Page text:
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January 2013


The new 3-D facility will allow students and mine employees to simulate high risk mining scenarios in a safe, controlled and forgiving environment.

The university of Pretoria (UP) will become the first university in Africa to offer a virtual reality (VR) centre for the mining industry, allowing students and mine employees to train on safety and other related issues in a simulated mining environment.

Due to open in 2013, the R18.8-million new facility at UP’s Department of Mining Engineering will be able to realistically simulate a range of mining functions, from accident reconstruction and risk analysis through to responding to potential hazards and testing evacuation procedures – and all in a low risk, high impact learning environment.

The new VR centre has been made possible through the financial support of Anglo American’s Kumba Iron Ore and will serve the country’s broader mining industry.

Consisting of floor-to-ceiling screens, the VR simulator will cast 360% 3-D images against the dark surrounding panels with cinematic clarity and with highly realistic sound effects.

Says, Norman Mbazima, chief executive of Kumba, “A virtual reality centre for the study of mine design, not only creates a safe environment for study, but by mimicking reality will deliver mining engineers to the industry that are better prepared for the conditions they might face when deployed to a mine.”

The project forms part of Kumba’s diverse corporate social investment programme that saw more than R300-million invested in social and community development over the past two years; with another R320-million scheduled to be spent in 2012.

“The mandate from Kumba was that the new facility had to be highly interactive. The investment in cutting-edge 3-D technology will allow our students and employees in the mining industry to move around in a realistic virtual mining world, with real emphasis to surface mining as well,” says Professor Ronny Webber-Youngman, head of the department of Mining Engineering at UP.

“Virtual reality centres in other parts of the world have been highly effective in improving mining productivity and mine design, and most important, protecting lives through improved health and safety awareness. This new facility will take our students beyond the boundaries of traditional education and into experiential learning in a safe and forgiving virtual world.

“Undergraduate mining students will be able to integrate different conceptual and software modeling techniques, incorporating, geology models, mineral extraction methods, mine planning and design, and mining systems in a VR environment,” says Webber-Youngman.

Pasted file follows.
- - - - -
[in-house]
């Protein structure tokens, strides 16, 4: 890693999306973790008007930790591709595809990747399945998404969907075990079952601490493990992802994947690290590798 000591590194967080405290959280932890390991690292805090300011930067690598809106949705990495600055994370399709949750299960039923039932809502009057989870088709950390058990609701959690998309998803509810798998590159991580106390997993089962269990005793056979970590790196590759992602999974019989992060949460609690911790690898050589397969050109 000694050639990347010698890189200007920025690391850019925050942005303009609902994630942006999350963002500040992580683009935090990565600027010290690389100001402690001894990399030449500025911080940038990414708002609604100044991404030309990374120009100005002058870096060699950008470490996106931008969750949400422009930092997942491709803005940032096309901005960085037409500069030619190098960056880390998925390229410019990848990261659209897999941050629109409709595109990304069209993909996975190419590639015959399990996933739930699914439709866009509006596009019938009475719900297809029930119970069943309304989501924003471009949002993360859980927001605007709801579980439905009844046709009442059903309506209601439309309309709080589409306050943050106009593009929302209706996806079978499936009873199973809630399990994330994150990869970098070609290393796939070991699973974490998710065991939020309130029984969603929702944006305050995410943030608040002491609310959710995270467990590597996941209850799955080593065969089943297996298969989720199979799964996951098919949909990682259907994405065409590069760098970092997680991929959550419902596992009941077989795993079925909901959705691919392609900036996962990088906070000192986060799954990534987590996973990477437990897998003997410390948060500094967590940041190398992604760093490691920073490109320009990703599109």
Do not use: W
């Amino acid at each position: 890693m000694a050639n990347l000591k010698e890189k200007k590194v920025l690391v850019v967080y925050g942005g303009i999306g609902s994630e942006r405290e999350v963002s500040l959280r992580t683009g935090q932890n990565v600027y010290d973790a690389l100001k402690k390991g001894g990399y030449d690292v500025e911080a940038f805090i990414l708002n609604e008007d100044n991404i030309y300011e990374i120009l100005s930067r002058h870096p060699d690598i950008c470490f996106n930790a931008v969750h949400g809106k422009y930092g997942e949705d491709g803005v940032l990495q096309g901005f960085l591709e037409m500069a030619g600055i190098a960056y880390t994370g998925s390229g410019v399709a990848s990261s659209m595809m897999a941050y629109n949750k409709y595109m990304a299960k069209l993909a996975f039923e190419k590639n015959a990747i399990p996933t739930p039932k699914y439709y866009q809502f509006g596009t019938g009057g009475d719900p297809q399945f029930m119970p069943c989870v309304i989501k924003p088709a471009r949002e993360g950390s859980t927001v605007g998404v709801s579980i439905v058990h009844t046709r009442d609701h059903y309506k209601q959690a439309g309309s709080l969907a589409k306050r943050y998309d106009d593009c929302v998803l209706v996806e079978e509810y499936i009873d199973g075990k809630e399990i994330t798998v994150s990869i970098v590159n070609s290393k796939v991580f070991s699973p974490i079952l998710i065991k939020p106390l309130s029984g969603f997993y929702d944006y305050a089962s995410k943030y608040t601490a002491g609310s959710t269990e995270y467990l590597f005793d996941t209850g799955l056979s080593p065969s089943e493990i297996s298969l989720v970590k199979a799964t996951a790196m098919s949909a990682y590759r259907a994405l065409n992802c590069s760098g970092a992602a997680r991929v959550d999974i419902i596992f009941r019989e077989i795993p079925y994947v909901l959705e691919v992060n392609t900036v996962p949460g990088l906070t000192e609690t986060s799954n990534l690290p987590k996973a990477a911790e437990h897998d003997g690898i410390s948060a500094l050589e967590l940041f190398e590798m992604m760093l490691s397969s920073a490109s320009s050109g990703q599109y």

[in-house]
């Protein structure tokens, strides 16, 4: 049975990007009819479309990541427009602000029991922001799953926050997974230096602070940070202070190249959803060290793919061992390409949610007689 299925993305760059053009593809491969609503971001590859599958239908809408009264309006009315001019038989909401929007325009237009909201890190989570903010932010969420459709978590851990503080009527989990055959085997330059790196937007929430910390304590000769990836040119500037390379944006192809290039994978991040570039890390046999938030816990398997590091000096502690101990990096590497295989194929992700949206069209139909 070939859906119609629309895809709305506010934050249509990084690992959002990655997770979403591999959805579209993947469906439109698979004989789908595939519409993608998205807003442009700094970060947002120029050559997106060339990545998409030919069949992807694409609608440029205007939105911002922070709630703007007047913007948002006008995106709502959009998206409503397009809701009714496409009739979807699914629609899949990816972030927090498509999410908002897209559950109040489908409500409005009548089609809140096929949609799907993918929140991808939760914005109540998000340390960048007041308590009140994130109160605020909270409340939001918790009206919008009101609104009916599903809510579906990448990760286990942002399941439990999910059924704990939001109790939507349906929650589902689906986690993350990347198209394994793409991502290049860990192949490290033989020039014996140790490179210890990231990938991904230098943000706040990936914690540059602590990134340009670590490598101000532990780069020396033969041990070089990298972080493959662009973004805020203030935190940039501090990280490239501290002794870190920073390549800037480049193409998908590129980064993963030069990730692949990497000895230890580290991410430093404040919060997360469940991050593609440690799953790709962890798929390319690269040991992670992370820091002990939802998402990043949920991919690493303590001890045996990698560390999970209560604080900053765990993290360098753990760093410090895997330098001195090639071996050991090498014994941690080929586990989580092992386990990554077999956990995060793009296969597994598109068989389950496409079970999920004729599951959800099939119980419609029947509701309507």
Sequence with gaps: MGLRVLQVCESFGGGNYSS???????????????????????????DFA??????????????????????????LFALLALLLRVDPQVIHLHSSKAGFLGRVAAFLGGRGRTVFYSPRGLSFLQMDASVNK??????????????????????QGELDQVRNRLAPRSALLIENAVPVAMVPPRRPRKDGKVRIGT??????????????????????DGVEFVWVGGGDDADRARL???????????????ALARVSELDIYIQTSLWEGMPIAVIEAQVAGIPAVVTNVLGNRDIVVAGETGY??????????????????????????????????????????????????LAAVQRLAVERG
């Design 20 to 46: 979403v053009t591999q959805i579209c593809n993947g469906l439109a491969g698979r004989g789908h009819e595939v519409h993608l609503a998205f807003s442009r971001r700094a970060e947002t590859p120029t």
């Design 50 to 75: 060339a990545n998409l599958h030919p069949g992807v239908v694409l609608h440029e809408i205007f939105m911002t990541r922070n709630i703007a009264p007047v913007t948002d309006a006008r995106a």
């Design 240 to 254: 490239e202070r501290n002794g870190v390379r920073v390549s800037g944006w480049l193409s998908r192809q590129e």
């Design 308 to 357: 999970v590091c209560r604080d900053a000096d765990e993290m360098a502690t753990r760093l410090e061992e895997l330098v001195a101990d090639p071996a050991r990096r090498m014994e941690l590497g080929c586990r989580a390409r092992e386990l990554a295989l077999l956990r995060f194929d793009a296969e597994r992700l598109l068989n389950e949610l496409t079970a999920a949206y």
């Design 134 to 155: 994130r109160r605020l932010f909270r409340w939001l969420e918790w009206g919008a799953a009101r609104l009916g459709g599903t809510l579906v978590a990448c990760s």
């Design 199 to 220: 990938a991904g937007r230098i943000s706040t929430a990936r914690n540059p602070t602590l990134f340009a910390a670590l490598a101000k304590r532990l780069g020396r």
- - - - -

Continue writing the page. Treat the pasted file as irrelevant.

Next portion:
Further benefits include the ability to virtually design a complex mining operation from the ground up. The customized design packages will allow trainees to build their understanding of complex mining operations throughout a mine life cycle, and show the visual and environment consequences of their technical decisions.

“By improving the ability of mining engineers to take into account the long-term environmental consequences of their financial and technical decisions in a virtual environment, there will be significant economic, environmental and safety benefits to the industry and surrounding communities in the real world,” says Webber-Youngman.

Virtual reality simulation products have been on the market for the past few years, but have recently undergone major improvements in quality and speed. UP has been involved in discussions with the University of New South Wales, a pioneer in Australia, and South African service providers to use and/or co-develop modules that simulate a range of different mine environments – from surface to underground, from hard rock to coal.

“Although there has been a downward trend over the last few years in fatalities on South African mines, there is still a lot to be done to achieve the ‘zero harm’ objective embraced by all mining companies. In addition to proactive safety training, VR technology allows for the reconstruction of actual mining incidents for forensic investigation purposes to try and to prevent their occurrence in future.

“By investing in the VR centre, Kumba is living out its belief that all injuries are preventable, and its commitment to making safety a way of life – both inside and outside the workplace,” says Webber-Youngman.


The Sishen Iron Ore Company-Community Development Trust (SIOC-cdt) also known as the “Super Trust” has embarked on a number of far-reaching projects to empower the lives of communities in the Northern Cape and Thabazimbi, Limpopo. The objectives of these projects is to ensure that communities around Anglo American Kumba Iron Ore mines benefit from and have a secure future beyond the life of the mine.


Anglo American executive director Khanyisile Kweyama has been elected vice president of the Chamber of Mines of South Africa, following the organisation’s 122nd annual general meeting held at the Johannesburg Country Club on 6 November 2012.


Anglo American has brought together leaders from more than 60 of its contracting companies to jointly plan how to improve health and welfare of contract workers at its operation. The Contractor CEO Health and Welfare Summit held in Johannesburg, builds upon the Contractor Safety Summit Anglo American held in 2009.

Anglo American estimates that its health and safety initiatives alone benefit more than 300 000 people directly and indirectly in South Africa. Addressing attendees at the summit, Anglo American chief executive, Cynthia Carroll, urged attendees to consider the positive impact business can make on the lives of its employees, their families and communities.

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